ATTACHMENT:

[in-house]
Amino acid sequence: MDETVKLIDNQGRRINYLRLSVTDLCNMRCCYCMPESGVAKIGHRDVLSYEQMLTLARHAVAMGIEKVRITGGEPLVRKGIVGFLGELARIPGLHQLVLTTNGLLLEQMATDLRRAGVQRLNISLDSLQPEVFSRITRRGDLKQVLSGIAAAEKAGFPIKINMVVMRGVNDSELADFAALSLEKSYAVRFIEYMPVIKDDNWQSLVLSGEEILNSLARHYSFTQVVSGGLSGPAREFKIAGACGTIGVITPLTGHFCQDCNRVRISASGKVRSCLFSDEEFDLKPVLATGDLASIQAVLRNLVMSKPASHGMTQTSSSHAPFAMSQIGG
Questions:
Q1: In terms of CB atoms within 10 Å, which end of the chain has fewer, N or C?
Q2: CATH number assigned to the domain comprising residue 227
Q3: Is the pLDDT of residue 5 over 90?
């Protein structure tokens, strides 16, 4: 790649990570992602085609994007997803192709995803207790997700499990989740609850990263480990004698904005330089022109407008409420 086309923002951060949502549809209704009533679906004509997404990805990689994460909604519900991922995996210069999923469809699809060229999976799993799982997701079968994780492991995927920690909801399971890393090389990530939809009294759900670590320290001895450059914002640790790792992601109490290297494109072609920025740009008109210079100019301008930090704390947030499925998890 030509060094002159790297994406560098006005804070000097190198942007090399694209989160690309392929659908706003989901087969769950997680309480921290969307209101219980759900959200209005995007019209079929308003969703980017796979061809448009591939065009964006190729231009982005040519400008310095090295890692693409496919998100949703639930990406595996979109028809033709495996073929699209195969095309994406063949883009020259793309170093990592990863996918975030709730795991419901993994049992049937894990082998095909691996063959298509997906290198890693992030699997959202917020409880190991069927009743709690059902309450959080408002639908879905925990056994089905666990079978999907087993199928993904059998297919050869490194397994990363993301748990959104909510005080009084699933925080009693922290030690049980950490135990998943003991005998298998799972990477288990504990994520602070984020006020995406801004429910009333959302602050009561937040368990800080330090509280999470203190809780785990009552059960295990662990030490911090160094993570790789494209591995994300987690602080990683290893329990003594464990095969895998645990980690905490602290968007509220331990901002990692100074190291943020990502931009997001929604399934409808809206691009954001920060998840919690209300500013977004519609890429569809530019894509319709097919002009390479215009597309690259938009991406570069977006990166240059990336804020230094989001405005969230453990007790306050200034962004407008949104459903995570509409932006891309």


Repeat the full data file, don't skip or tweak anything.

[in-house]
Amino acid sequence: MDETVKLIDNQGRRINYLRLSVTDLCNMRCCYCMPESGVAKIGHRDVLSYEQMLTLARHAVAMGIEKVRITGGEPLVRKGIVGFLGELARIPGLHQLVLTTNGLLLEQMATDLRRAGVQRLNISLDSLQPEVFSRITRRGDLKQVLSGIAAAEKAGFPIKINMVVMRGVNDSELADFAALSLEKSYAVRFIEYMPVIKDDNWQSLVLSGEEILNSLARHYSFTQVVSGGLSGPAREFKIAGACGTIGVITPLTGHFCQDCNRVRISASGKVRSCLFSDEEFDLKPVLATGDLASIQAVLRNLVMSKPASHGMTQTSSSHAPFAMSQIGG
Questions:
Q1: In terms of CB atoms within 10 Å, which end of the chain has fewer, N or C?
Q2: CATH number assigned to the domain comprising residue 227
Q3: Is the pLDDT of residue 5 over 90?
């Protein structure tokens, strides 16, 4: 790649990570992602085609994007997803192709995803207790997700499990989740609850990263480990004698904005330089022109407008409420 086309923002951060949502549809209704009533679906004509997404990805990689994460909604519900991922995996210069999923469809699809060229999976799993799982997701079968994780492991995927920690909801399971890393090389990530939809009294759900670590320290001895450059914002640790790792992601109490290297494109072609920025740009008109210079100019301008930090704390947030499925998890 030509060094002159790297994406560098006005804070000097190198942007090399694209989160690309392929659908706003989901087969769950997680309480921290969307209101219980759900959200209005995007019209079929308003969703980017796979061809448009591939065009964006190729231009982005040519400008310095090295890692693409496919998100949703639930990406595996979109028809033709495996073929699209195969095309994406063949883009020259793309170093990592990863996918975030709730795991419901993994049992049937894990082998095909691996063959298509997906290198890693992030699997959202917020409880190991069927009743709690059902309450959080408002639908879905925990056994089905666990079978999907087993199928993904059998297919050869490194397994990363993301748990959104909510005080009084699933925080009693922290030690049980950490135990998943003991005998298998799972990477288990504990994520602070984020006020995406801004429910009333959302602050009561937040368990800080330090509280999470203190809780785990009552059960295990662990030490911090160094993570790789494209591995994300987690602080990683290893329990003594464990095969895998645990980690905490602290968007509220331990901002990692100074190291943020990502931009997001929604399934409808809206691009954001920060998840919690209300500013977004519609890429569809530019894509319709097919002009390479215009597309690259938009991406570069977006990166240059990336804020230094989001405005969230453990007790306050200034962004407008949104459903995570509409932006891309």